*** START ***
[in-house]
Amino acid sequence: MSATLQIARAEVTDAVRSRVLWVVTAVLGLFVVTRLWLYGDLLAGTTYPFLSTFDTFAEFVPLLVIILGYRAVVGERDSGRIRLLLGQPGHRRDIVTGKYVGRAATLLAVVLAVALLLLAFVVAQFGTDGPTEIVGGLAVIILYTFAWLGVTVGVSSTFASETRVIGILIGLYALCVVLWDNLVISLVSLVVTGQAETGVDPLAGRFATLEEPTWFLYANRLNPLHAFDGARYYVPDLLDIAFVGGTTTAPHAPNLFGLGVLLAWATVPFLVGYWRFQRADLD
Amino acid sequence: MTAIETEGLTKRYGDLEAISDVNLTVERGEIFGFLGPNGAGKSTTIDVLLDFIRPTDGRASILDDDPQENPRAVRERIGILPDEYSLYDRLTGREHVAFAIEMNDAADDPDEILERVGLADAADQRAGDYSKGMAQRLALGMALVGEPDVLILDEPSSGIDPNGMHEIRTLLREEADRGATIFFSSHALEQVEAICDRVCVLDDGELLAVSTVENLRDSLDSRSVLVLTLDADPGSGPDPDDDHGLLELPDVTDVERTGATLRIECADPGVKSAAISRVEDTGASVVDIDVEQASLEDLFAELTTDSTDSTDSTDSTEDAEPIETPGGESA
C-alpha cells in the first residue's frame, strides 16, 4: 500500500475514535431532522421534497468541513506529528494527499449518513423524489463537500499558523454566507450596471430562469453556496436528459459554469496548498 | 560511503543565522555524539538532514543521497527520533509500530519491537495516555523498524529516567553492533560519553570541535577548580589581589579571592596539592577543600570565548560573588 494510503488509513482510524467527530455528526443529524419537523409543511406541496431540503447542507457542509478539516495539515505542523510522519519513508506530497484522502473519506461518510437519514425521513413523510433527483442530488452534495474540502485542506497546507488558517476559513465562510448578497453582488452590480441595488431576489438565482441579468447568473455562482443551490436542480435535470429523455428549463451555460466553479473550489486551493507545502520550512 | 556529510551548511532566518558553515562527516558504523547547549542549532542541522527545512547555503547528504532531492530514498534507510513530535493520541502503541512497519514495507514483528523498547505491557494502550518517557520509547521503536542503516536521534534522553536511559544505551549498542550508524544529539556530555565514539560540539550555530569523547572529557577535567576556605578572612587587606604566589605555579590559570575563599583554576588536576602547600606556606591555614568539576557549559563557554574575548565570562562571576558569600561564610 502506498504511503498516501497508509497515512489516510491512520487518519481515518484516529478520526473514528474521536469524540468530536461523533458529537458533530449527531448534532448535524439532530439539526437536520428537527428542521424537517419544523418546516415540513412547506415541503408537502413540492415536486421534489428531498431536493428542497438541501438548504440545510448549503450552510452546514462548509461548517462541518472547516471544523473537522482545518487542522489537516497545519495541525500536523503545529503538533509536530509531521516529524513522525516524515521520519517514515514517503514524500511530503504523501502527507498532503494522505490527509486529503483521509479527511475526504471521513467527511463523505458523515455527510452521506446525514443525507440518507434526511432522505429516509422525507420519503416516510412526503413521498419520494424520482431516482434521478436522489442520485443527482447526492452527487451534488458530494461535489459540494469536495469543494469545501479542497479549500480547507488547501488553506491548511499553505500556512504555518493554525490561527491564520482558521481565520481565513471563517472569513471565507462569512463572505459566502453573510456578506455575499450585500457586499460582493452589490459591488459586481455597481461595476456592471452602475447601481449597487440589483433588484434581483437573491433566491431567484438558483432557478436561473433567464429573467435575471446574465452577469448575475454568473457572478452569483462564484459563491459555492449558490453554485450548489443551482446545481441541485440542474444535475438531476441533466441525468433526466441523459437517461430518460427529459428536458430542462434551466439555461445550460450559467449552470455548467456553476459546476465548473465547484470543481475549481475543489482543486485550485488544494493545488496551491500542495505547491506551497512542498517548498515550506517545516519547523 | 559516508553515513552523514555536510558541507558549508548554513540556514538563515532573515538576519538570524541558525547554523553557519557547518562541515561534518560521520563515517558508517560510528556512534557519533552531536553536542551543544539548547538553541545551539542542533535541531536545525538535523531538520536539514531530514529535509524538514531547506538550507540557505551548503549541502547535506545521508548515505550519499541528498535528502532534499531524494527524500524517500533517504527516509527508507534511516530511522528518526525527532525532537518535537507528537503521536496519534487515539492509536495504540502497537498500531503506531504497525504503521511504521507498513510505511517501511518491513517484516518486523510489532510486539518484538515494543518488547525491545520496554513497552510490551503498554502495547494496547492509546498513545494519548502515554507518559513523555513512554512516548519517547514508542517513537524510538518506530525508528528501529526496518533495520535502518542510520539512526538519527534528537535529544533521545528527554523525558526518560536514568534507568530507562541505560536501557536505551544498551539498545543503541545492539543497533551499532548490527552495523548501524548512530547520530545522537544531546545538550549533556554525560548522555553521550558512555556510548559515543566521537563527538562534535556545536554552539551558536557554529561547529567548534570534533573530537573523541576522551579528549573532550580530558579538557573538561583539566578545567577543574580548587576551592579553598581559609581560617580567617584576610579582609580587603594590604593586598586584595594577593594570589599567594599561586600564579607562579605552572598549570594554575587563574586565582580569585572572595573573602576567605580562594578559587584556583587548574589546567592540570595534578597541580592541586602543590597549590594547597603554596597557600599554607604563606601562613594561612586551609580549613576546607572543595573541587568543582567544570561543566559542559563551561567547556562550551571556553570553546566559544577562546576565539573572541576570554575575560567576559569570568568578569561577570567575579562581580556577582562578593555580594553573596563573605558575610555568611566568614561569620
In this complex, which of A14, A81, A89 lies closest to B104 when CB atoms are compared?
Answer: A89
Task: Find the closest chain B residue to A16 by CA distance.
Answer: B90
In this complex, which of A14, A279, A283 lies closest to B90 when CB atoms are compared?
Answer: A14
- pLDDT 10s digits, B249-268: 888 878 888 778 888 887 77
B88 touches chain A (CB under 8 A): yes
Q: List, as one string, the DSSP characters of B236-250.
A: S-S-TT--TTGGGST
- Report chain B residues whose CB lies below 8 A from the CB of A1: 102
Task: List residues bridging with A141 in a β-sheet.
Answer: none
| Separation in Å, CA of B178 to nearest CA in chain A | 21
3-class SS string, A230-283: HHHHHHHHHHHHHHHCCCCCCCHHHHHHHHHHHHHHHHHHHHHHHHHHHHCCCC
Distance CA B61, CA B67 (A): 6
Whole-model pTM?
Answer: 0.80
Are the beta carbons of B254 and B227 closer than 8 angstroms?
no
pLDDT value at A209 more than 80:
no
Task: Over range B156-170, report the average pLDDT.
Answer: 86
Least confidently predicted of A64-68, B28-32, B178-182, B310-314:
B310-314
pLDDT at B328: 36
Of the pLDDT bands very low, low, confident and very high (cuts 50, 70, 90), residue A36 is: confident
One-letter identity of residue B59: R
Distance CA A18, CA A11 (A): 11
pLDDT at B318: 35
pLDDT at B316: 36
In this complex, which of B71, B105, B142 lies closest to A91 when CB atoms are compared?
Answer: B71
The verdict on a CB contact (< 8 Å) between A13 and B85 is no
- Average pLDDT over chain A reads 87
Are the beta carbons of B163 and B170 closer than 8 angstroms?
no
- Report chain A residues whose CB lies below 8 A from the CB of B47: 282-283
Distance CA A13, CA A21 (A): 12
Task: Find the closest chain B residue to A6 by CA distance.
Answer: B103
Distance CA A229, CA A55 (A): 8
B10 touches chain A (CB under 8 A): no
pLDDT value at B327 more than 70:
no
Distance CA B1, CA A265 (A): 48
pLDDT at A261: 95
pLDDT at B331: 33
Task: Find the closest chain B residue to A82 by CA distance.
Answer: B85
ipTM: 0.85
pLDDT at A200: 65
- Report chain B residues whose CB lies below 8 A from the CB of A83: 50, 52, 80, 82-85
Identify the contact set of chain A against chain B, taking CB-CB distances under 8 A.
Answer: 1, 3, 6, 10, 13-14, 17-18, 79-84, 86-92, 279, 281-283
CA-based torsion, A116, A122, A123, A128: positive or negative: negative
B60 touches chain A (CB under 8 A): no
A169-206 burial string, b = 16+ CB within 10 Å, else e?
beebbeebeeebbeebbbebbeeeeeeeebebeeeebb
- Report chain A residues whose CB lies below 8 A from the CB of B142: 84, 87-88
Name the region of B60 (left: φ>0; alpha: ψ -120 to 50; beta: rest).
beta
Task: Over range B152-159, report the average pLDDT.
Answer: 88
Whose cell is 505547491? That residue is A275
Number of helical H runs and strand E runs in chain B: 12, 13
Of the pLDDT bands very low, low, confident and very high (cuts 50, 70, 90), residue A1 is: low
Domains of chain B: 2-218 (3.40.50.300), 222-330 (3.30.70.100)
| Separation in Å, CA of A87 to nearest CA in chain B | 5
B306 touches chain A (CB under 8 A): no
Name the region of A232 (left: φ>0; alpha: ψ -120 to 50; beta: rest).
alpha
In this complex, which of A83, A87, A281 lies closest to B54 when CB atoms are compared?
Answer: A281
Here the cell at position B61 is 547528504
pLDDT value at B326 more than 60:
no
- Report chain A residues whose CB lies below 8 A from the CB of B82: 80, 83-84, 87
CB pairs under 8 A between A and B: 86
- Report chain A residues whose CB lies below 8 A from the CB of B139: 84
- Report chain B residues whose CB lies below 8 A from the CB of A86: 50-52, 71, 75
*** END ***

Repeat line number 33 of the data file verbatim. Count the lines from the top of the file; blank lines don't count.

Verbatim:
One-letter identity of residue B59: R